|the Sacred Round|
|The traditional Maya Calendar is extremely sophisticated and intriguing. In western society, we keep count of days of the week, which are named (Monday, Tuesday, etc.) , and days of the month, which are numbered (1, 2, and so on). The Maya Calendar, contrastingly, ran on a sequence of 20 named days in a month, and 13 numbered days (I will refer to each set of 13 days as a "Mayan week"). Every day would be named according to both of these cycles. For example, if today were the 5th day of the "Mayan week" and the 12th day of the month, the day would be expressed as 5 Eb'. The same name for one day would only occur ever 260 days (since 13 x 20 = 260). This cycle of 260 was called the |
|The Mayans also kept a solar calendar called |
In the Haab' calender, each day is expressed as the number, and the month. For example, the first month of the solar year, in days, would be written as 0 Pop, 1 Pop, 2 Pop...up to 19 Pop, and then the next day would be 0 Wo.
The combination of the Sacred Round and the Haab' is called the Calendar Round, only recurs every 52 years.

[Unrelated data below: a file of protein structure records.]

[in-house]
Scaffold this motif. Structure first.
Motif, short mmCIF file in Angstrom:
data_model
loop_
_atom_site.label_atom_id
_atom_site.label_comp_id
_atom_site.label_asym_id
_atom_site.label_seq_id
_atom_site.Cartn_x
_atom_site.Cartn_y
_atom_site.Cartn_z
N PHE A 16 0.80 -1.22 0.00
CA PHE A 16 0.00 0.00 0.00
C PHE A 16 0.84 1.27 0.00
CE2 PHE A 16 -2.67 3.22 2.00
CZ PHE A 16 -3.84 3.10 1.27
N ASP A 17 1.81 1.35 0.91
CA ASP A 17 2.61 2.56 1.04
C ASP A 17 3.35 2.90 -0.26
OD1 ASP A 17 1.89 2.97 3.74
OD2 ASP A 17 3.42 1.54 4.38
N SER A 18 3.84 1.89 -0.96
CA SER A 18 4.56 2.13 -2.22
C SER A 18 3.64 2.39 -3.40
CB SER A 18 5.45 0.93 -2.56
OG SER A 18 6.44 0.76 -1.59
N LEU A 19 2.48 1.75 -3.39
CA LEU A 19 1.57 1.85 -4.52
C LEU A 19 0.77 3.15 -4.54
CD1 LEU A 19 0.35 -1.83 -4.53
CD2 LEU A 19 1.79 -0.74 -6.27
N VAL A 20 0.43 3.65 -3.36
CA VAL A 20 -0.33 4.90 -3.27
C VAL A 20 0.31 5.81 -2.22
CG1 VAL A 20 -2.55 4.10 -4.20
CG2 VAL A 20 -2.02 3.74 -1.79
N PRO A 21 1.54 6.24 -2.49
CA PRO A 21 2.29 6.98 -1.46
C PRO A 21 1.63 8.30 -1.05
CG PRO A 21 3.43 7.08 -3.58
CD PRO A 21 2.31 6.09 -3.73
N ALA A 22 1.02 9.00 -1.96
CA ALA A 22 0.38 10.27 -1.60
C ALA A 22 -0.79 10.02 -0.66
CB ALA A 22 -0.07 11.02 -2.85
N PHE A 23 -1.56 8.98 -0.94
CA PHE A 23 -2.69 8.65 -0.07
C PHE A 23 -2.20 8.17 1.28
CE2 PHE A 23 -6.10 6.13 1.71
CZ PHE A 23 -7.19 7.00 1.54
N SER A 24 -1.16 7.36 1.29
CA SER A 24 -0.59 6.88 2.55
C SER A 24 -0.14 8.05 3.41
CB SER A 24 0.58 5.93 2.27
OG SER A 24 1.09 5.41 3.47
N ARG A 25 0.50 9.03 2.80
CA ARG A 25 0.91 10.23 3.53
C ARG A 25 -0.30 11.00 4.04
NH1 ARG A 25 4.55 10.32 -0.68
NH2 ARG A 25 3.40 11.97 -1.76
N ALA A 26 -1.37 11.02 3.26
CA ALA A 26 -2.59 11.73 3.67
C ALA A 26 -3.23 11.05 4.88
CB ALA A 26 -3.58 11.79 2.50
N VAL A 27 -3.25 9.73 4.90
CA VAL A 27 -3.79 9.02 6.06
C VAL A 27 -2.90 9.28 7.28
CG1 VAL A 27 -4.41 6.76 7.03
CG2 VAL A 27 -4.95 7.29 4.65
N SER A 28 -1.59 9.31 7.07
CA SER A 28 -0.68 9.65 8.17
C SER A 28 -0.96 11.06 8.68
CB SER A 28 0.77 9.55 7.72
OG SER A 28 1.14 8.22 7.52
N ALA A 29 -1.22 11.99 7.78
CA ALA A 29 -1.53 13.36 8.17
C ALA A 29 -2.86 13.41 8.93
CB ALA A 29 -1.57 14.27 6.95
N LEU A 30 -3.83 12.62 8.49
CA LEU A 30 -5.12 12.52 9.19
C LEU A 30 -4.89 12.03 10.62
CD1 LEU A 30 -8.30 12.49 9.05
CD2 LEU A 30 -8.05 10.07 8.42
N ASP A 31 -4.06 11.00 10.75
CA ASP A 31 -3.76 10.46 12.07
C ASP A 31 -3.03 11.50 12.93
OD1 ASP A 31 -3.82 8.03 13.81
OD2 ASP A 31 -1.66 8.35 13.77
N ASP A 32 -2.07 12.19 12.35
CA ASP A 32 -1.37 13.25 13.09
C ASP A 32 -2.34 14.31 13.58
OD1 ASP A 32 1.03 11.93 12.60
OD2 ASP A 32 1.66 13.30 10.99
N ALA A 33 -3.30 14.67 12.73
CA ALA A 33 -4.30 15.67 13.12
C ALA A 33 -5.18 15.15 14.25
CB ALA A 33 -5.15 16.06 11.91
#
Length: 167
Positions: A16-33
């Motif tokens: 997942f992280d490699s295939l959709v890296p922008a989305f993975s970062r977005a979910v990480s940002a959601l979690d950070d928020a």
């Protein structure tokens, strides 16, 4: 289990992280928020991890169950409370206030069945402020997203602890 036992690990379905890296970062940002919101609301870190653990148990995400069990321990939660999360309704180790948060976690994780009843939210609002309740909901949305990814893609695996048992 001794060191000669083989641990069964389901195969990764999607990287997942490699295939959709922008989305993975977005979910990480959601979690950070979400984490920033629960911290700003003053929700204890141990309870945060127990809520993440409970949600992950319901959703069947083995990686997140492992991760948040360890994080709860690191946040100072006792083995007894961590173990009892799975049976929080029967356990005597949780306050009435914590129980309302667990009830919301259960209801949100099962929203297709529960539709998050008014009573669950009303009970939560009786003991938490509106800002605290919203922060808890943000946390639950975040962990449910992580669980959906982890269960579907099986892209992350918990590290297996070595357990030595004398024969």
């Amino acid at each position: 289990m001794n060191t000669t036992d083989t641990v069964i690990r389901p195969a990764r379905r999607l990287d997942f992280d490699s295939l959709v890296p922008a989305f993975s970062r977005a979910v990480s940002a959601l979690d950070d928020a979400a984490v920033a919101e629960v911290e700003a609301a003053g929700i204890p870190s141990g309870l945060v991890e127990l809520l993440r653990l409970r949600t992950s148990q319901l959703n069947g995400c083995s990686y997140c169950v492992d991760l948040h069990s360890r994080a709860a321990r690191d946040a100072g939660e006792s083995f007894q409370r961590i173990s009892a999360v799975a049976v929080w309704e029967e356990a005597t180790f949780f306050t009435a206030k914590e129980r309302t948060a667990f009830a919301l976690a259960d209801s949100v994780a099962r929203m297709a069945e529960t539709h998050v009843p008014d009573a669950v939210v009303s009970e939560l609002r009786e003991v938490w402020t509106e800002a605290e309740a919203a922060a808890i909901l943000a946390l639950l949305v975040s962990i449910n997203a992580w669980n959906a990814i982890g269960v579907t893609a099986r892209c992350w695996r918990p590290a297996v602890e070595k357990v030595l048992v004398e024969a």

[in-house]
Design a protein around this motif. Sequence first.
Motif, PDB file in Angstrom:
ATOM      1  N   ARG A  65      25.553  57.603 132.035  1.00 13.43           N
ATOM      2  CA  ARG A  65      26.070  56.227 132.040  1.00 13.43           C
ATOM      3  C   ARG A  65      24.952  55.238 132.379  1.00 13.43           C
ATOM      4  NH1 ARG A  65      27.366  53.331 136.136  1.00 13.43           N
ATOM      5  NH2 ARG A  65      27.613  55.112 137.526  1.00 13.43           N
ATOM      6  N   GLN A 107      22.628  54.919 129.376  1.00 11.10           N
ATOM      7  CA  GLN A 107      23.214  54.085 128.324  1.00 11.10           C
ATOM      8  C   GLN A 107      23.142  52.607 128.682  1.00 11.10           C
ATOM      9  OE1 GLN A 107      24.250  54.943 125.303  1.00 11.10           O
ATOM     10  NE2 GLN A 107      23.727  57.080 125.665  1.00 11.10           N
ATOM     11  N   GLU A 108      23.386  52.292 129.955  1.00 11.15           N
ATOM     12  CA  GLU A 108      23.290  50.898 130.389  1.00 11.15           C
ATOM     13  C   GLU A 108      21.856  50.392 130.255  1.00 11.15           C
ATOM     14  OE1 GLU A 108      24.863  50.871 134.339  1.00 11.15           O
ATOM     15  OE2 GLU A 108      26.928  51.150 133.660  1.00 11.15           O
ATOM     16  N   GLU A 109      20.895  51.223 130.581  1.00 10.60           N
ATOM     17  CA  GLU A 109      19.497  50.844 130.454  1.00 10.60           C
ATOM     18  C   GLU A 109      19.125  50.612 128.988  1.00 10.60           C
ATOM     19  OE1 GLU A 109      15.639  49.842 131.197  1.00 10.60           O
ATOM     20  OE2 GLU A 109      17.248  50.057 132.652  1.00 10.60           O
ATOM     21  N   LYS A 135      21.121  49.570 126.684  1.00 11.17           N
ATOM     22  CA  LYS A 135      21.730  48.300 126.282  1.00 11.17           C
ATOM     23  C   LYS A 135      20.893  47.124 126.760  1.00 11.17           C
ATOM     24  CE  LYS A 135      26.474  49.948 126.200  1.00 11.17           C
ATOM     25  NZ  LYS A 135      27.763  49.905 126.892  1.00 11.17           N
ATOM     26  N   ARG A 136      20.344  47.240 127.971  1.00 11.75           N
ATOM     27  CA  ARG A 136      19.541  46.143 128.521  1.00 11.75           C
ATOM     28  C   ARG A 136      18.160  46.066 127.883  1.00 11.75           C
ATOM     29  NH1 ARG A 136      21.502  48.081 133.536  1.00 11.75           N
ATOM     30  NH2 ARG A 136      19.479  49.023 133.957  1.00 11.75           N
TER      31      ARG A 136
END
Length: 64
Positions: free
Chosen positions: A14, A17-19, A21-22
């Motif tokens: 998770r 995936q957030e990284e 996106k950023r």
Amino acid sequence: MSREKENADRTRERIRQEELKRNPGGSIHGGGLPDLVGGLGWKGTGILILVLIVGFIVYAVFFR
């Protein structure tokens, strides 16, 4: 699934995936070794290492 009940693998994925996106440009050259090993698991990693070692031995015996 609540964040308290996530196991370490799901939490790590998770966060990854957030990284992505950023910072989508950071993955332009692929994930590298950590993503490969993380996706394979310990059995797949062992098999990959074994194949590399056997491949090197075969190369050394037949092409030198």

|Calendar round dates are only distinguishable for 52 years, so in order to record history, a more complex method of counting days was needed. The|
1 day is called 1
A date is expressed numerically, beginning with the B'ak'tun, and ending with the specific K'in. A Calendar Round date typically looks something like 184.108.40.206.9 4 Pop 12 Lamat (not a real date).
The mythical beginning of the Long Count was considered to be not 0.0.0.0.0, but 220.127.116.11.0, which went to 18.104.22.168.0, and then up to it's current count, which on December 21, 2012 will be back to 22.214.171.124.0. Contrary to popular belief, the Mayans didn't actually believe that the world would end on that date, though they did believe that there would be a major change in world order. Guess we'll just have to wait and find out.
Stuart, George E., and Stuart, Gene S.
Freidel, David, and Schele, Linda, and Parker, Joe.